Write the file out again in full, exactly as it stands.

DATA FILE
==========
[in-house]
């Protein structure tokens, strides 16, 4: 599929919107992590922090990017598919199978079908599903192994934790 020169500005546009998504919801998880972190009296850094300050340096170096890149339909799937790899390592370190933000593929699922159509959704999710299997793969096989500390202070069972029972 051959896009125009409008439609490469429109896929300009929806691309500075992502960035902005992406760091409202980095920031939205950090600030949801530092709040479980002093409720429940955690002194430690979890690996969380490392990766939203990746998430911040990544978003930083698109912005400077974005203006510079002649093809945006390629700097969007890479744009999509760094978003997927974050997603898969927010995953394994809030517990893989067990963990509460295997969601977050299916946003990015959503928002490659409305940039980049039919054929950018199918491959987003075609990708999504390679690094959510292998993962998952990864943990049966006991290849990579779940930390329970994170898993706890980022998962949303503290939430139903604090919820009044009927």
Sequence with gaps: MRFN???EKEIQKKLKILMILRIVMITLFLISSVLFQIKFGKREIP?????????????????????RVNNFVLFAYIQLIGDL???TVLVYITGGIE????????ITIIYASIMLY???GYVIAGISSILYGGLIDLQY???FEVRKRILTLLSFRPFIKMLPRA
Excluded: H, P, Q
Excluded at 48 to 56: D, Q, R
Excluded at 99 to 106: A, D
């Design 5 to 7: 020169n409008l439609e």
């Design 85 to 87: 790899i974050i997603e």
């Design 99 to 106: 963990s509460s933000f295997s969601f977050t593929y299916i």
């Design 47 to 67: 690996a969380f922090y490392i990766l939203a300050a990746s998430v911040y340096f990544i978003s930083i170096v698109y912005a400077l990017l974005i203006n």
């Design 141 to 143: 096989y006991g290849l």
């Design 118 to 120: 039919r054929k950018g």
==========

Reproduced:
[in-house]
């Protein structure tokens, strides 16, 4: 599929919107992590922090990017598919199978079908599903192994934790 020169500005546009998504919801998880972190009296850094300050340096170096890149339909799937790899390592370190933000593929699922159509959704999710299997793969096989500390202070069972029972 051959896009125009409008439609490469429109896929300009929806691309500075992502960035902005992406760091409202980095920031939205950090600030949801530092709040479980002093409720429940955690002194430690979890690996969380490392990766939203990746998430911040990544978003930083698109912005400077974005203006510079002649093809945006390629700097969007890479744009999509760094978003997927974050997603898969927010995953394994809030517990893989067990963990509460295997969601977050299916946003990015959503928002490659409305940039980049039919054929950018199918491959987003075609990708999504390679690094959510292998993962998952990864943990049966006991290849990579779940930390329970994170898993706890980022998962949303503290939430139903604090919820009044009927």
Sequence with gaps: MRFN???EKEIQKKLKILMILRIVMITLFLISSVLFQIKFGKREIP?????????????????????RVNNFVLFAYIQLIGDL???TVLVYITGGIE????????ITIIYASIMLY???GYVIAGISSILYGGLIDLQY???FEVRKRILTLLSFRPFIKMLPRA
Excluded: H, P, Q
Excluded at 48 to 56: D, Q, R
Excluded at 99 to 106: A, D
């Design 5 to 7: 020169n409008l439609e």
């Design 85 to 87: 790899i974050i997603e």
């Design 99 to 106: 963990s509460s933000f295997s969601f977050t593929y299916i």
């Design 47 to 67: 690996a969380f922090y490392i990766l939203a300050a990746s998430v911040y340096f990544i978003s930083i170096v698109y912005a400077l990017l974005i203006n």
């Design 141 to 143: 096989y006991g290849l």
């Design 118 to 120: 039919r054929k950018g």